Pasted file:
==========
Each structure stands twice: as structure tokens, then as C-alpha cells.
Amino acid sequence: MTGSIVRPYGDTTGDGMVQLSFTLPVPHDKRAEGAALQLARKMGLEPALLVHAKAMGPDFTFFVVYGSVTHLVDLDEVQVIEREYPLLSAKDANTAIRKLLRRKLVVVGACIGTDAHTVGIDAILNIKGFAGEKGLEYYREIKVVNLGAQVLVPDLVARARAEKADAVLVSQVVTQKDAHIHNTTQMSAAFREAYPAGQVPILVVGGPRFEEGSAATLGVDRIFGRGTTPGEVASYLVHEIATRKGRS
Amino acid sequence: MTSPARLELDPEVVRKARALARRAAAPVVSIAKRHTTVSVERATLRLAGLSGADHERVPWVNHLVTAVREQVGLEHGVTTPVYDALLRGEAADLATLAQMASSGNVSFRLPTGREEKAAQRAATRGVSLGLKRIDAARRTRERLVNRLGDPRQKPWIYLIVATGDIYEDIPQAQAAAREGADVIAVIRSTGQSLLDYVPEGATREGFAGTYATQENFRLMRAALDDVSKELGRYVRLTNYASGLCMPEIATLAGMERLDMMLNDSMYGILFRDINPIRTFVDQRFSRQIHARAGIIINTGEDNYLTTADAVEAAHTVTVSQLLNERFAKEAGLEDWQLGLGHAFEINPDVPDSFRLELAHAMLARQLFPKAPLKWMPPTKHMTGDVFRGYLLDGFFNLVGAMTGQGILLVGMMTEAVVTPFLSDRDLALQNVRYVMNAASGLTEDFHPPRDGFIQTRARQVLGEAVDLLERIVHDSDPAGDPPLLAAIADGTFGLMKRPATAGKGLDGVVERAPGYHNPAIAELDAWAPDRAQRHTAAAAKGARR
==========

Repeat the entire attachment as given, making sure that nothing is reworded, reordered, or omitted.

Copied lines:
Each structure stands twice: as structure tokens, then as C-alpha cells.
Amino acid sequence: MTGSIVRPYGDTTGDGMVQLSFTLPVPHDKRAEGAALQLARKMGLEPALLVHAKAMGPDFTFFVVYGSVTHLVDLDEVQVIEREYPLLSAKDANTAIRKLLRRKLVVVGACIGTDAHTVGIDAILNIKGFAGEKGLEYYREIKVVNLGAQVLVPDLVARARAEKADAVLVSQVVTQKDAHIHNTTQMSAAFREAYPAGQVPILVVGGPRFEEGSAATLGVDRIFGRGTTPGEVASYLVHEIATRKGRS
Amino acid sequence: MTSPARLELDPEVVRKARALARRAAAPVVSIAKRHTTVSVERATLRLAGLSGADHERVPWVNHLVTAVREQVGLEHGVTTPVYDALLRGEAADLATLAQMASSGNVSFRLPTGREEKAAQRAATRGVSLGLKRIDAARRTRERLVNRLGDPRQKPWIYLIVATGDIYEDIPQAQAAAREGADVIAVIRSTGQSLLDYVPEGATREGFAGTYATQENFRLMRAALDDVSKELGRYVRLTNYASGLCMPEIATLAGMERLDMMLNDSMYGILFRDINPIRTFVDQRFSRQIHARAGIIINTGEDNYLTTADAVEAAHTVTVSQLLNERFAKEAGLEDWQLGLGHAFEINPDVPDSFRLELAHAMLARQLFPKAPLKWMPPTKHMTGDVFRGYLLDGFFNLVGAMTGQGILLVGMMTEAVVTPFLSDRDLALQNVRYVMNAASGLTEDFHPPRDGFIQTRARQVLGEAVDLLERIVHDSDPAGDPPLLAAIADGTFGLMKRPATAGKGLDGVVERAPGYHNPAIAELDAWAPDRAQRHTAAAAKGARR